Eventually I managed to paddle out to the last series of mangrove islands before the wide open Indian River Lagoon. This island was huge and Lewis and I fished the mangrove edge about 60 feet apart. This time I changed from the Slayer SST in the chicken on the chain color to a plastic lure called “Trout Trick”. This is a purplish colored worm style plastic with the body made up with ribbing or small segments that create a vibration. I fish the Trout Trick by hooking it on a 1/8 oz ball jig with a sharp, high quality hook made by Gamakatsu or Owner. I cast this setup up and let it fall. Keeping the rod tip pointed at the lure I give the lure two upward jerks and let the lure fall. This is when the trout or other fish will pick it up. You might not notice the bite but when you reel in the slack line to perform the next two upward jerks you might be setting the hook. This is when you will notice the fight.
In my case I did not hook up on a trout but a nice redfish. As I battled the fish, attempting to keep him out of the mangroves I managed to lose the fish while preparing to ready the Ego net. A few more cast and nothing. So I decided that I would change rods and using Paul's Dinkum Mullet in the pearl grey color pattern. This mullet lure is a slow suspending lure that has these soft bleeding materials in the gill section of the lure. The lure also has a swivel attached to the lure so when tying your favorite loop knot the lure will not twist the line.
I casted the lure towards the mangroves and as soon as it hit the water I had a reaction bite. It was another nice 1,000 island redfish. This one did not get a way and managed to make it to the YakAngler Hawg Trough for measuring. This red measured just over 20 inches; he was photographed and then released to grow up to be a true trophy. Since it appeared that the fish needed some new presented I decided to change the rod out and back to the rod with the jig head but decided to try the Slayer SST in the purple haze color pattern.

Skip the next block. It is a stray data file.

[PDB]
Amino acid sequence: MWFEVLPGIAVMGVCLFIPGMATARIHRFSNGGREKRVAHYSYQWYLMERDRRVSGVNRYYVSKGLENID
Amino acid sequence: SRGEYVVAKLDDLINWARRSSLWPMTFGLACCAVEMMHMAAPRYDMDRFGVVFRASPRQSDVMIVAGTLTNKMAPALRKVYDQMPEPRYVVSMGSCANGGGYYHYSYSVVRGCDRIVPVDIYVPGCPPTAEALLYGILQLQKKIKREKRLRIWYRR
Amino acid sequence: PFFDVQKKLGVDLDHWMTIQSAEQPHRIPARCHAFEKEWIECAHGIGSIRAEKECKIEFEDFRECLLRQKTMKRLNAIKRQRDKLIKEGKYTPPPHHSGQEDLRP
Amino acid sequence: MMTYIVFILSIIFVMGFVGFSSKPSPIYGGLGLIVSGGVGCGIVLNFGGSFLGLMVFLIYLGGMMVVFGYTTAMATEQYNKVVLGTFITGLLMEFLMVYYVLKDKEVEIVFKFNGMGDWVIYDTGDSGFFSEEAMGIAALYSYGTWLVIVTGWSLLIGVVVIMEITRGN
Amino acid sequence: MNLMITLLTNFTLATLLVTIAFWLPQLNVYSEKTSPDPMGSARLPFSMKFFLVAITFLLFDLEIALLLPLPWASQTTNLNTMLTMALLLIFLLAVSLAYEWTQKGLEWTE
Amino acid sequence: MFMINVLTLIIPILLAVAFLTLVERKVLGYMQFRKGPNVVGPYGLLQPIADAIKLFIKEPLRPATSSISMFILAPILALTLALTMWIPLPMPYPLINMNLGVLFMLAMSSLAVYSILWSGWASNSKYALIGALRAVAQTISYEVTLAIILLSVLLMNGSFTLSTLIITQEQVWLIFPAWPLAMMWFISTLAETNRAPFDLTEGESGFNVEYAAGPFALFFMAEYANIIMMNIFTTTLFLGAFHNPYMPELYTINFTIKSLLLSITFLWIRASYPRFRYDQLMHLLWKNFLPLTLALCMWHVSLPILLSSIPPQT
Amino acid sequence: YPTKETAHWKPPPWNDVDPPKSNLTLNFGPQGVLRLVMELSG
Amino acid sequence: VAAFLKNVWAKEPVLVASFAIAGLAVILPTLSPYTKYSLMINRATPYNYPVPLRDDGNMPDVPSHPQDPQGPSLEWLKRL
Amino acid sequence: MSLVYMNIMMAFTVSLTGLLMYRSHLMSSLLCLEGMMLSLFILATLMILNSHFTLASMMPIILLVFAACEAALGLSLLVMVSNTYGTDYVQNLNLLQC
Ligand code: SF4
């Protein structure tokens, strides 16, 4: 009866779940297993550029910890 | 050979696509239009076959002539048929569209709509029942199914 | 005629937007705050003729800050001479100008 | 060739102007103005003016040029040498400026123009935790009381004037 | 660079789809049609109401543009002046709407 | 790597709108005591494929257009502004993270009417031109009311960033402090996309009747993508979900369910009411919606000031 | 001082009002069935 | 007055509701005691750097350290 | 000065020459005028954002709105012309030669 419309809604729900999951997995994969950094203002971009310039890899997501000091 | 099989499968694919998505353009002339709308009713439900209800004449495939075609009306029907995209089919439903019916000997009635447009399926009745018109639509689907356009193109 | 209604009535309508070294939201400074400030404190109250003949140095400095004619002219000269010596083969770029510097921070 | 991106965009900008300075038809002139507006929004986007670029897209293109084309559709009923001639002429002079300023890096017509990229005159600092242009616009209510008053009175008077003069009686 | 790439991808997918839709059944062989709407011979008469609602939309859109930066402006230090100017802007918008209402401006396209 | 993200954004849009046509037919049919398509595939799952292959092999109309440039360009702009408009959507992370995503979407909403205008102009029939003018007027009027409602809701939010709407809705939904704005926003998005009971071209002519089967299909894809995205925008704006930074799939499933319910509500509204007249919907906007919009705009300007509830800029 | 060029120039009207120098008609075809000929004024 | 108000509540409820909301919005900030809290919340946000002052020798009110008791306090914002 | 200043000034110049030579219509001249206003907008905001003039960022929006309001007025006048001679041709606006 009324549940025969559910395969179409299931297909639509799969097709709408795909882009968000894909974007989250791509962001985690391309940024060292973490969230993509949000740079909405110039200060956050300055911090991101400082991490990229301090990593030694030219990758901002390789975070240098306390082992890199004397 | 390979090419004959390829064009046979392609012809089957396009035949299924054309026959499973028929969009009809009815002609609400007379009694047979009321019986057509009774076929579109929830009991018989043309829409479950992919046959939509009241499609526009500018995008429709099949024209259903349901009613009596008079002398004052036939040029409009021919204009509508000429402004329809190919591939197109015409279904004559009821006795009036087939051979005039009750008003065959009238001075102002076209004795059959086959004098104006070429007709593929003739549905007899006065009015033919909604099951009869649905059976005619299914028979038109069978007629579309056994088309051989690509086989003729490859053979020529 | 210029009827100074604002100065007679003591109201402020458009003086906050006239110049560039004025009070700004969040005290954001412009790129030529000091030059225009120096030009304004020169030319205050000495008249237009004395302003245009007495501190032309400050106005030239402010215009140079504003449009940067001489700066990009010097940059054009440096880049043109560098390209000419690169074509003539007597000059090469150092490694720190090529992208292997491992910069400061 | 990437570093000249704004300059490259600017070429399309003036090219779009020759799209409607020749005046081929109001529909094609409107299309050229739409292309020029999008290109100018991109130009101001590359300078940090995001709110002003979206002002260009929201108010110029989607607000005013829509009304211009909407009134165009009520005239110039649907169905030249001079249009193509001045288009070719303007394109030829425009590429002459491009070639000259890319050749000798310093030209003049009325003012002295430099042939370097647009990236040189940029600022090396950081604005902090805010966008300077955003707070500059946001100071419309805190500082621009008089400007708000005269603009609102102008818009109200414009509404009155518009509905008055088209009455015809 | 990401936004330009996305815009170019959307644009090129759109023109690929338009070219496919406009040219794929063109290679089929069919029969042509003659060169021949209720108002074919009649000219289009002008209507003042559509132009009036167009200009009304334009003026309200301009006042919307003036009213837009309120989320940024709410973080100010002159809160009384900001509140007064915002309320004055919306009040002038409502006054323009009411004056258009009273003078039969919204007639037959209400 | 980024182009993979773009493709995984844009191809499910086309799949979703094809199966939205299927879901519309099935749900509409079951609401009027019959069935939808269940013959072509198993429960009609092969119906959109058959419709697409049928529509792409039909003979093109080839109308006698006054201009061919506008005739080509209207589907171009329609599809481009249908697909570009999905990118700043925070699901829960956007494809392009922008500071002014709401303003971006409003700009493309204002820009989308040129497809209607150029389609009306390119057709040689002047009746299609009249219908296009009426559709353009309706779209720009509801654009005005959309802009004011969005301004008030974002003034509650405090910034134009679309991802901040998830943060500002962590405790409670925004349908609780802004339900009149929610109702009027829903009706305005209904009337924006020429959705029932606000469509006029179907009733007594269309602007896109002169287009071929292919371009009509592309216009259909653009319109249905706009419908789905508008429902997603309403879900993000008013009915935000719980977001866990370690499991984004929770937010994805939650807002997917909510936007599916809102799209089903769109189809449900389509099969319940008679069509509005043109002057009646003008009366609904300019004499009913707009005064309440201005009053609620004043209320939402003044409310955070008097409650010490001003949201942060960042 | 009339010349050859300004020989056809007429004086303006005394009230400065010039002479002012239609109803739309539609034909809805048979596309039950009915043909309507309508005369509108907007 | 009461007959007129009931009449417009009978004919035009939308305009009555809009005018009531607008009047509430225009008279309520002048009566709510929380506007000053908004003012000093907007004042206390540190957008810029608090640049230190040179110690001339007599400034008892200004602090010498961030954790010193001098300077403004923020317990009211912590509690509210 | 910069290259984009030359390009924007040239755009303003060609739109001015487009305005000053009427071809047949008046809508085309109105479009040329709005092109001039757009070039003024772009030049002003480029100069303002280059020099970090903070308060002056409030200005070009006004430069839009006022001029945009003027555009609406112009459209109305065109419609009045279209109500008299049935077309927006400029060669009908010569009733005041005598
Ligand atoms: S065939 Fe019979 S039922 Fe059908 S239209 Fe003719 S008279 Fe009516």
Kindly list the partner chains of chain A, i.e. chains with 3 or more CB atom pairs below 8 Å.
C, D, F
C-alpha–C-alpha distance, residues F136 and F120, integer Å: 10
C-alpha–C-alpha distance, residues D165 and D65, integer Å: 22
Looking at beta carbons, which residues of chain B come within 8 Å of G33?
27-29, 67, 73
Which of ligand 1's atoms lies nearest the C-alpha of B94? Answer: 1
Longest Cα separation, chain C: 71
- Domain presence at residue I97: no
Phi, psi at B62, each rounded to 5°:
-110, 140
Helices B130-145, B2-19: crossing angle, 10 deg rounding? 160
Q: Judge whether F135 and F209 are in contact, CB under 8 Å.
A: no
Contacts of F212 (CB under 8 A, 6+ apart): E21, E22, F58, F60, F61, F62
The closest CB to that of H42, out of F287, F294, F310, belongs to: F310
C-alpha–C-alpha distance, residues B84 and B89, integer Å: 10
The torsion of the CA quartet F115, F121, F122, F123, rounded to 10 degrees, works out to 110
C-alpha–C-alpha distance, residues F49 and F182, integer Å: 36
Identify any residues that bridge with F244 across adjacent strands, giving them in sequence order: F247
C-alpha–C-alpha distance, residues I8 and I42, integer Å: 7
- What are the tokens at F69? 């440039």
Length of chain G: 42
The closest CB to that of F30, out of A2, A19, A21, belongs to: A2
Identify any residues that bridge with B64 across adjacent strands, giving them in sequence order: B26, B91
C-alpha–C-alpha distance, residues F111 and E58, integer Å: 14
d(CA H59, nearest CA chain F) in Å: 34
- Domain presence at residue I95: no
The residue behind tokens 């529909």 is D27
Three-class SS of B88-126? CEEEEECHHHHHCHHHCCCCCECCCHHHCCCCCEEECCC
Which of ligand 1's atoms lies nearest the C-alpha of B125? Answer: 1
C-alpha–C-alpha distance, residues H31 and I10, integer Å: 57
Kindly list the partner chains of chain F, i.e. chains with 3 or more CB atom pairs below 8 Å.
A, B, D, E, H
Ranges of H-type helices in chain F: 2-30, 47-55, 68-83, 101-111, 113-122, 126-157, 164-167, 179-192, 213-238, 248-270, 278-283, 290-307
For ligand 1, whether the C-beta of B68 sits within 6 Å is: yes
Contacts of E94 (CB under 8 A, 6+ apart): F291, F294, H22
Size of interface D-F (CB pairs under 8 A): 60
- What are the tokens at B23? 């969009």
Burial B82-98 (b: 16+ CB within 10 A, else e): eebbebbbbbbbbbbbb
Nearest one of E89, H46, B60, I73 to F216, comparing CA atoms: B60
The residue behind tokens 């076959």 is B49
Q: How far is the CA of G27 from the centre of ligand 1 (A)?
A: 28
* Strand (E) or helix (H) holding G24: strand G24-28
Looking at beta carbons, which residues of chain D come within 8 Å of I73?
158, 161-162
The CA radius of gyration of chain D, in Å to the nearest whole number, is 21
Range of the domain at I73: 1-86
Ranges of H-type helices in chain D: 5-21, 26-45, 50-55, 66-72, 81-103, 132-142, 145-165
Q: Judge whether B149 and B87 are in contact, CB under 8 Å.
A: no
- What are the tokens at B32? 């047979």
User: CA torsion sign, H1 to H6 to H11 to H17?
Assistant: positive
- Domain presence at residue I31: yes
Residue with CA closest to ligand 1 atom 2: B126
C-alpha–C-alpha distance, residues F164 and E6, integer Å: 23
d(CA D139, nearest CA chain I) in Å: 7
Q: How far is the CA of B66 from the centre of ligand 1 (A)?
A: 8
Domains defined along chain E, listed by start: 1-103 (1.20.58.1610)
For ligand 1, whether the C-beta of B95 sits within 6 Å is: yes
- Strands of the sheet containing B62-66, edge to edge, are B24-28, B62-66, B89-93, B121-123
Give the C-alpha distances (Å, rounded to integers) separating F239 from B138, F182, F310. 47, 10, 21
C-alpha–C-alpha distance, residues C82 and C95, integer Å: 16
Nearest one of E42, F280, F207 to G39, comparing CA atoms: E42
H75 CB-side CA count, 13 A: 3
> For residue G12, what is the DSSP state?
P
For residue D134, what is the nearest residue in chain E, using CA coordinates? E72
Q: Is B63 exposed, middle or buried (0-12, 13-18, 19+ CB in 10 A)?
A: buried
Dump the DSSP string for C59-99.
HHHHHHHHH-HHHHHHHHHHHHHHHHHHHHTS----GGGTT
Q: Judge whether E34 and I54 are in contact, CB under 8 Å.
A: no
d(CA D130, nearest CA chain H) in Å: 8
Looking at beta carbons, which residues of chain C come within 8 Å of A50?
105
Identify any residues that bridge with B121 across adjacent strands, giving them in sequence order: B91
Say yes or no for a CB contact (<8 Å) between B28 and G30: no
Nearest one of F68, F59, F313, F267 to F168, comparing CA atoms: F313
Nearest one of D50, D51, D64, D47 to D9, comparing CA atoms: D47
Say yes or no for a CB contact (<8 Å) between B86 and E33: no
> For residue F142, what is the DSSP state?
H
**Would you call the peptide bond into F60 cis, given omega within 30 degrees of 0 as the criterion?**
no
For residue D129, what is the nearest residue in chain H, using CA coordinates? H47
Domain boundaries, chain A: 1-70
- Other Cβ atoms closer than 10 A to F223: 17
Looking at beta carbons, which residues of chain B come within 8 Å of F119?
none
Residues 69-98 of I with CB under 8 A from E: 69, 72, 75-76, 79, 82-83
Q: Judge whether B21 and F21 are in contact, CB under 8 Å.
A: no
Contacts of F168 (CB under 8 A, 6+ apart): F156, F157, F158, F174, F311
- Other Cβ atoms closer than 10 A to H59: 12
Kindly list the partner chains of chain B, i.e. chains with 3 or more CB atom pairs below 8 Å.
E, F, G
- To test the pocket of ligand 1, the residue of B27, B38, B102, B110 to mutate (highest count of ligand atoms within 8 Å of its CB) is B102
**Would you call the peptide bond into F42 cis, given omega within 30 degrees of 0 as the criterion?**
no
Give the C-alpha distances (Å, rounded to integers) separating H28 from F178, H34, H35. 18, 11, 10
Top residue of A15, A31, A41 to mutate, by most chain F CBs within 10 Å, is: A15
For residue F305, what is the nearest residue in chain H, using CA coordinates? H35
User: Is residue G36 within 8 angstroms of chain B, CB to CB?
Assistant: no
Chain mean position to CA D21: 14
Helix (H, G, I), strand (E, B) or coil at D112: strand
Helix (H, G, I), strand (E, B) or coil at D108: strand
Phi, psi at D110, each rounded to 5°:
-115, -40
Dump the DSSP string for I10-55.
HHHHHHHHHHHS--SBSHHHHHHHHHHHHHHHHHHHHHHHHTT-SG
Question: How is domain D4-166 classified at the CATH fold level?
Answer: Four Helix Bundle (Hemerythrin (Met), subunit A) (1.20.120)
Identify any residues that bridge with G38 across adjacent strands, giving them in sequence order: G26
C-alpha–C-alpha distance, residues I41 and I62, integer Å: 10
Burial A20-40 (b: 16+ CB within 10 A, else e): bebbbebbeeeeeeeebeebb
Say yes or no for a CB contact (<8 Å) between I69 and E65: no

Casting the purple haze Slayer a few times I have a huge hit. I set the hook and a small tarpon started his jumping show. This tarpon appeared to be a little bigger than the first one earlier in the day. I decided not to go for a sleigh ride so the micro-anchor was going to keep me anchored so that the tarpon would not pull me into the mangroves. I managed several times to get him close to the Jackson Big Rig but the last run that he made away from the kayak and the Ego landing net resulted in the 15 lb leader to break. Uff da!! So far in my kayak angling experience I have managed three tarpon hook ups; one in Charleston and now two in the 1,000 island area of Cocoa Beach. One of these day I will be able to cross this species off of my bucket list.
By the end of the day it was a great time in this section of the Indian River Lagoon. I managed some great hook ups and battles. I won some and lost some of these battles. However the testing of the Kayak Kaddy in my opinion was a great success. The biggest worry that I had was that I would have noticed a drag while towing the Kayak Kaddy around. I never did notice this newly designed tool for kayaking behind the Jackson Big Rig. The Kayak Kaddy did not create any issues using the Sea-Lect TruCourse Rudder system and the Power Pole Micro-Anchor system.
I would highly recommend the Kayak Kaddy to anyone that is looking for additional storage for a kayak camping trip or a day one the water. The Kayak Kaddy also offers the ability for a do it yourselfer to convert the Kayak Kaddy into a nice floating cooler or maybe a bait/live well. Unfortunately I’m not one of those type of people.
In closing I would like to thank Kayak Kayak for allowing me to test and show this new accessory to kayaking at the Boondoggle X. I need to add that they also provided a Kayak Kaddy for the Boondoggle raffle that raised about $2,000 for Heroes on the Water. Thanks again Kayak Kaddy. Watch for future journeys with the Kayak Kaddy on my blog site Uff Da Kayak Angling Journeys.